Husbandry

Husbandry

Originally posted on Reddit 

Farmer Del looked out on his livestock with a profound sadness. Yes, being a farmer meant that you accepted what life was for the livestock and life was death. Life was about being alive to feed others. Rarely did he even consider the sombreness of his trade. But today was different. He wondered the fields with his staff and threw down the slop that they would eat. Fattening them up for the slaughter.

Did they know their fate?            

A couple of them looked up upon him with a wistful sadness in their own eyes. Of course, they knew – Del thought.

But Del treated his stock with a kindness and consideration that was rare these days amongst others. He knew other land keepers that simply herded them into cramped cages and force fed them to the point of explosion and then slit their throats and drained the blood out while they were still alive.

Farmer Del had a different approach to husbandry. He let them roam free amongst the fields. He didn’t separate young from their mothers. No, Del had respect for the cattle.

Del wondered across the field and into the slaughter house. There was a fast action high speed killing machine with a nozzle that pumped out gas charged death into the brains of the stock.

He watched them lined up and then heard the FFFFUUUPPPP FFFUUUPPP FFFUUUPPP into their brains. The bodies collapsed on the floor and they were taken into the draining station. Del felt a sadness today. An empty sadness for the ‘cattle’.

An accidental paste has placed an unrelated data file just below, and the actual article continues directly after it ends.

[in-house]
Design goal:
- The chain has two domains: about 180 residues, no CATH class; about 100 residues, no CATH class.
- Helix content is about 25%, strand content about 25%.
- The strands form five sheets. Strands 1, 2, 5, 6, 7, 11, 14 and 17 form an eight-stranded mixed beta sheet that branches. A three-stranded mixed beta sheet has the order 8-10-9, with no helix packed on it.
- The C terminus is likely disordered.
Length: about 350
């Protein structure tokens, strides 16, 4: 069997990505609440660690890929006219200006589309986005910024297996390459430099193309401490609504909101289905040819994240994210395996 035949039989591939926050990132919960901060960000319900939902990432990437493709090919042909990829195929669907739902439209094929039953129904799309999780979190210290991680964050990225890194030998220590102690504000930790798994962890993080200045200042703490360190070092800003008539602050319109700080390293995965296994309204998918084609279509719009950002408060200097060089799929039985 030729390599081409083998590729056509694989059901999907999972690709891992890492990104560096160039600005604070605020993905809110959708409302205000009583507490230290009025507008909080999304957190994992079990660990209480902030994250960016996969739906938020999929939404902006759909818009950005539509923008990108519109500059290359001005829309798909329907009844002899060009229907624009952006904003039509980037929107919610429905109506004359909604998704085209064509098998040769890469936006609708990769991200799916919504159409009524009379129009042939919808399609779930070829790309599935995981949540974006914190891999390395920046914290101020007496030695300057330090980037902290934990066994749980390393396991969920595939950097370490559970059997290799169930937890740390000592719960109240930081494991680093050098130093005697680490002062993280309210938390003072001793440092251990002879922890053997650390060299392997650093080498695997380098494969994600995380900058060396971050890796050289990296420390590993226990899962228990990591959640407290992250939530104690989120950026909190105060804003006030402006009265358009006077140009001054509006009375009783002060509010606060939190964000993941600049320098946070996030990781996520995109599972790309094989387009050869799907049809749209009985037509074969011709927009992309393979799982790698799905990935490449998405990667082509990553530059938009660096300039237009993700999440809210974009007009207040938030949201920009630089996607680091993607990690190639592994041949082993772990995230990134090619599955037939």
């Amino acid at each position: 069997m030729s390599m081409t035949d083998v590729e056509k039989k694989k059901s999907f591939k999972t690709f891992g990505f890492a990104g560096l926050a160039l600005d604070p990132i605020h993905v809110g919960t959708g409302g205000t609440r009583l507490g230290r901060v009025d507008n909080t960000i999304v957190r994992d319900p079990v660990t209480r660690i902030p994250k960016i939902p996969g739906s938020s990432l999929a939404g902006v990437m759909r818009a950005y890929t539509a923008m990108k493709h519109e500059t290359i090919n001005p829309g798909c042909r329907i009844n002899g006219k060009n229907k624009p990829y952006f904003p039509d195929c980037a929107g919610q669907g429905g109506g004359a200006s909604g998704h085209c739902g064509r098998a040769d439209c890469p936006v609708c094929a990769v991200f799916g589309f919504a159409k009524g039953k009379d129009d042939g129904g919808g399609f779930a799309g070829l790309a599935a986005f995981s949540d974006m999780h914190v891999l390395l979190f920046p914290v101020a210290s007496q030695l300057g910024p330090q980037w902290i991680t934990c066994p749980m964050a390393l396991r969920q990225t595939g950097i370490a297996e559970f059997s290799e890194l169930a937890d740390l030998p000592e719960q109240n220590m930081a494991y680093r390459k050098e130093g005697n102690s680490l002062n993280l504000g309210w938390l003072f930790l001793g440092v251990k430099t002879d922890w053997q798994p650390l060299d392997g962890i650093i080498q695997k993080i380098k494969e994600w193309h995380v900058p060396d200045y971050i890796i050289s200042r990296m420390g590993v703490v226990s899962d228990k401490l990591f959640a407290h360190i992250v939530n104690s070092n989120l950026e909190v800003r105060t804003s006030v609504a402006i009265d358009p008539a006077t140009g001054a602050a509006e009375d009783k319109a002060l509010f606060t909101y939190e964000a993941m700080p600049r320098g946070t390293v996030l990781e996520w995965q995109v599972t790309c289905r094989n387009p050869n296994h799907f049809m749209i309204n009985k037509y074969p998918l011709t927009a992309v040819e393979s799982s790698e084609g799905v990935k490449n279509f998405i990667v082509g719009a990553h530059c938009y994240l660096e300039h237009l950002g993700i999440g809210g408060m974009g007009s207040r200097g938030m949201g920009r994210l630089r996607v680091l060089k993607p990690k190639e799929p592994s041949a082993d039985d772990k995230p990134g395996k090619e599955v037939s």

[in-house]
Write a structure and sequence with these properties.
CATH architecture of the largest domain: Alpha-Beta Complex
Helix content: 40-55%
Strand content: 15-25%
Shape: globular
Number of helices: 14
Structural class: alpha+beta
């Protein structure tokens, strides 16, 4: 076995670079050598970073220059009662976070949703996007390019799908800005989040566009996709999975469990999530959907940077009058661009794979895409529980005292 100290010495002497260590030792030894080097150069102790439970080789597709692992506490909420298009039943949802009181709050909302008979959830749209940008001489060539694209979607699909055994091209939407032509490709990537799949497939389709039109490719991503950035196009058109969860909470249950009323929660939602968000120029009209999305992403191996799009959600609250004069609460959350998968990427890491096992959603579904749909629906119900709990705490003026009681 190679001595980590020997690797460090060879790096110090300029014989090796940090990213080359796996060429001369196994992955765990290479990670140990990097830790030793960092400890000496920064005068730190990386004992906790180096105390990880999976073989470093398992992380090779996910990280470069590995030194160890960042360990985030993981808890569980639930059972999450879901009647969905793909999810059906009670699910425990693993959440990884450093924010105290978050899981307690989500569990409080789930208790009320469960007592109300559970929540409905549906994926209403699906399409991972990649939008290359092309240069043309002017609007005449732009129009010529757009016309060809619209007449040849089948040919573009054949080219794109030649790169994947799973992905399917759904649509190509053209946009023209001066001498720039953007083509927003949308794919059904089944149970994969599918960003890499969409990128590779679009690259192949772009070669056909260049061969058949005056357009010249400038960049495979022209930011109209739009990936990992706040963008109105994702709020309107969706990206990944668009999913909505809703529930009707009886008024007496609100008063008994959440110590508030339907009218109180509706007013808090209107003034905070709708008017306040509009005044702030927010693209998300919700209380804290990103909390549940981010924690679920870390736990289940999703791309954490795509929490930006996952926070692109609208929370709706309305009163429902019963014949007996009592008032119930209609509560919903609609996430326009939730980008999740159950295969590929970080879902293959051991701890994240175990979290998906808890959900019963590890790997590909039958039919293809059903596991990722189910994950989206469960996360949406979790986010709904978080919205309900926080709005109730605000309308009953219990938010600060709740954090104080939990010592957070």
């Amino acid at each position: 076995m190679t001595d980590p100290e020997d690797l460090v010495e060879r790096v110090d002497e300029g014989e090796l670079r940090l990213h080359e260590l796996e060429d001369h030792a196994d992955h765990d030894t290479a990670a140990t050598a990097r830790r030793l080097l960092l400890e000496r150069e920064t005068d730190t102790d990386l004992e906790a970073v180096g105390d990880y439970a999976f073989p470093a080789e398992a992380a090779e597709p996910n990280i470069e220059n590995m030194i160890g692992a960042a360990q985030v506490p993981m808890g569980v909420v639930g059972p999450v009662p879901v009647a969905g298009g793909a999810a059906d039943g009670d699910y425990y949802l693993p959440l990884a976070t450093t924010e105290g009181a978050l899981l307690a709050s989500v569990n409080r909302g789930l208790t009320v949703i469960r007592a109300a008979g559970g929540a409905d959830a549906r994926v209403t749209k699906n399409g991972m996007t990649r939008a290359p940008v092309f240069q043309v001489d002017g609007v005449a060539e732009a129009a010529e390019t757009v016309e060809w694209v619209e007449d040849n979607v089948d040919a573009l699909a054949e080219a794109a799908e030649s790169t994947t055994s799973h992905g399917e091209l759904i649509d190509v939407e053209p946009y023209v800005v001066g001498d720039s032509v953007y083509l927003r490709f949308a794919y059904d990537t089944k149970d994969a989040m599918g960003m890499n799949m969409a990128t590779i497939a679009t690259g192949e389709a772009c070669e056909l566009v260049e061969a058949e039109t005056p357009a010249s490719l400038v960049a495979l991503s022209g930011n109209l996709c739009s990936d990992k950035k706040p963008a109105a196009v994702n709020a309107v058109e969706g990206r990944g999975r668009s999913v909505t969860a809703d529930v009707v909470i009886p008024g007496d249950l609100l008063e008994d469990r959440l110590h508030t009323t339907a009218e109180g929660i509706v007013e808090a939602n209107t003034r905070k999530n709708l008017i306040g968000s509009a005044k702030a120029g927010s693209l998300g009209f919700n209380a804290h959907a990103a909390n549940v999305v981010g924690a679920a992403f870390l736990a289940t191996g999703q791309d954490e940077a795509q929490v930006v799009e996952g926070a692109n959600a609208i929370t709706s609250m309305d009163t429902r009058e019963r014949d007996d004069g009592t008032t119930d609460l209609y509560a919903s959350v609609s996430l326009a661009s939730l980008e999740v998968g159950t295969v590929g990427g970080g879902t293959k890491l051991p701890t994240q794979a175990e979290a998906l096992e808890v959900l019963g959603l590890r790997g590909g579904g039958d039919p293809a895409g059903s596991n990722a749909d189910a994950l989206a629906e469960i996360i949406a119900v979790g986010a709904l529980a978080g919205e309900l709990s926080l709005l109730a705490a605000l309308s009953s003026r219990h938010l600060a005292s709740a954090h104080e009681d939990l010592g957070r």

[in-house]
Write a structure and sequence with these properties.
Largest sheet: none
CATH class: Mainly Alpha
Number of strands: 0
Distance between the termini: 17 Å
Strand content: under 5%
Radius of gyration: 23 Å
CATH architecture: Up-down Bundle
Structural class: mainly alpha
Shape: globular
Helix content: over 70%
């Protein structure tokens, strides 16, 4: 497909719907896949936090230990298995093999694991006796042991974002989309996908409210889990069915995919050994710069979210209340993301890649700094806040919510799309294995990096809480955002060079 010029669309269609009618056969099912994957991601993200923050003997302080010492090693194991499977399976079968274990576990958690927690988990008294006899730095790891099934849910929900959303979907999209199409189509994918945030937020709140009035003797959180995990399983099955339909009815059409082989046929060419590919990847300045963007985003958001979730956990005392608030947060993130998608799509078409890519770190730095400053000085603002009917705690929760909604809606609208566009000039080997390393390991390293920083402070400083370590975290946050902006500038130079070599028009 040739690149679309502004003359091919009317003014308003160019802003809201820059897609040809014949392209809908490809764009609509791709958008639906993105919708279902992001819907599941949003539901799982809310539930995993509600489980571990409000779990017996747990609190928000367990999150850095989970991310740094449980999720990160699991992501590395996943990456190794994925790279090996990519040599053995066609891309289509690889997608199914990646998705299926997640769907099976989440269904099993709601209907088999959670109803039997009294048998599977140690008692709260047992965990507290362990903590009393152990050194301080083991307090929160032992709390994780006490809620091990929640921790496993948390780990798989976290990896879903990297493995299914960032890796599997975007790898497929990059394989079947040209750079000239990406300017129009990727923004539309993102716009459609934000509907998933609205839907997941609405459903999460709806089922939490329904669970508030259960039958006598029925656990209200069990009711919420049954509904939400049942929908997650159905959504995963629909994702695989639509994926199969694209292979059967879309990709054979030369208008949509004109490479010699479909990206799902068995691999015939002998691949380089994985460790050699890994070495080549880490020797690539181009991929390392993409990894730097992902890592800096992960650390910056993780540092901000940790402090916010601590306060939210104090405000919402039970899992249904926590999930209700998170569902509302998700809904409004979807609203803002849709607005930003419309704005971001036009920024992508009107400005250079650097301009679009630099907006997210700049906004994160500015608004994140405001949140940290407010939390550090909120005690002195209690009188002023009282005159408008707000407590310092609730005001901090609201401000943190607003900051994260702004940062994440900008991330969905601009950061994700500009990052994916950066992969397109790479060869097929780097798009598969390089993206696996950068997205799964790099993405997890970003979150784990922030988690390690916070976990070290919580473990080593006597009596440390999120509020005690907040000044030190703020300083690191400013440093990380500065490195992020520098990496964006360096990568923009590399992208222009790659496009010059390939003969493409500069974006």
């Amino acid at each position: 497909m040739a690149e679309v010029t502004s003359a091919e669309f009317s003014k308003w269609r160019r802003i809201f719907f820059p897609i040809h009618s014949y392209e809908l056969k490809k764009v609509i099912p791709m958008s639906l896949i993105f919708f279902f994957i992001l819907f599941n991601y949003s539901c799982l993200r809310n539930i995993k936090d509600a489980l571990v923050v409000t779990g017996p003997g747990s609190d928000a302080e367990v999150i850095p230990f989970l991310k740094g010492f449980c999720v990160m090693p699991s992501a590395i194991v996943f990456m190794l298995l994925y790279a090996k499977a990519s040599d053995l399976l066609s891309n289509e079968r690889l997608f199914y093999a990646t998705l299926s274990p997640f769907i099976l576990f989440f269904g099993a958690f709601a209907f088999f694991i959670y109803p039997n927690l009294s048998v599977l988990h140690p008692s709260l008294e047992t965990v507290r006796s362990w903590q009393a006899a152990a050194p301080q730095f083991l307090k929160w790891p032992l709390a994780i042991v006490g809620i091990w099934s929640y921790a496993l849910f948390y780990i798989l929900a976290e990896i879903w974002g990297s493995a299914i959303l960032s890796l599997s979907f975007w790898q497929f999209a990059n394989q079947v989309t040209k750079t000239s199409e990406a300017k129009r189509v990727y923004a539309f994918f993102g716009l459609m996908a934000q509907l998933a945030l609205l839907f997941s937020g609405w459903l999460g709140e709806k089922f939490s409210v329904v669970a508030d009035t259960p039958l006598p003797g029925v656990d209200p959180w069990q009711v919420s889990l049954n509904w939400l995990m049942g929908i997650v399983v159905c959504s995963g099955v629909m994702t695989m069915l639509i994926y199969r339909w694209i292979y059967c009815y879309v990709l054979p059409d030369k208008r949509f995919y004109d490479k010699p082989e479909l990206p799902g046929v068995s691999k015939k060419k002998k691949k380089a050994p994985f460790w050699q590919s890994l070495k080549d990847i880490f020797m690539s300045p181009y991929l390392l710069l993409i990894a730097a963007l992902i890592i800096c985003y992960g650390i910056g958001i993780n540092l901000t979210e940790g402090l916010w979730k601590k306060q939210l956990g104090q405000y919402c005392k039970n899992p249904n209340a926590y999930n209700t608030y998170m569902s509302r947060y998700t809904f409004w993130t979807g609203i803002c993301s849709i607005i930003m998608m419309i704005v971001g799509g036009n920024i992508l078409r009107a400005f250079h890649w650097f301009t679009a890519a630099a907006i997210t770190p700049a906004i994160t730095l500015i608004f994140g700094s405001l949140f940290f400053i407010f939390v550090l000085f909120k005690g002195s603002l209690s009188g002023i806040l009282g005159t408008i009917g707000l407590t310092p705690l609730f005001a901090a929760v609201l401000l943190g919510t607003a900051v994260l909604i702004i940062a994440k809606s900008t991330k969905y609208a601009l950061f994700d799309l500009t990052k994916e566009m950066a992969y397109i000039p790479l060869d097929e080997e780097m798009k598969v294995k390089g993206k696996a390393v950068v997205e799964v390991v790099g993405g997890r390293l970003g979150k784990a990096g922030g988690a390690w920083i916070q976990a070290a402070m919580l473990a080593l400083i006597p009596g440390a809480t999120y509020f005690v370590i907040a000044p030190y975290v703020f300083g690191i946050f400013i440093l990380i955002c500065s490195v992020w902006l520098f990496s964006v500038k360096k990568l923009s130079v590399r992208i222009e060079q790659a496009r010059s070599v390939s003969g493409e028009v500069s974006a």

Del went back into the house and grabbed himself a coffee. His wife stood there gazing upon him and she could sense the melancholy with which Del found himself drowning in.

“What is it dear?” Deborah asked.

“It’s all this killing. Is it really a necessary way to make a dollar?” Del said to Deborah.

“What has got you in this frame of mind?” Deborah said.

“I had a dream again. I think that started it. One of them escaped and scaled the fence with their youngens’ in tow. We caught it up to it half a mile down the road and I just remember that vivid image of the sad torment in their eyes.” Del said.

“Stupid.” Deborah said.

Del finished his coffee and walked back out to the fields. He knew Deborah meant. These weren’t beings on the same plateau as him. One of the stock ran up to the fence and Del ran towards it. It panted hard and fearfully.

“Sir, my child is very sick. Too sick to run the laps around the field that you asked. He just wants to rest today.” One of the pathetic humans said.

Del raised up his staff and clobbered it around the head.

“Get back to running the fields.” Del said.

Del’s wife approached with a fresh cup of blood.

“Looks like you could do with some dinner because sunrise. I got the coffin nice and warm for us.”  Deborah said.

 

 

 

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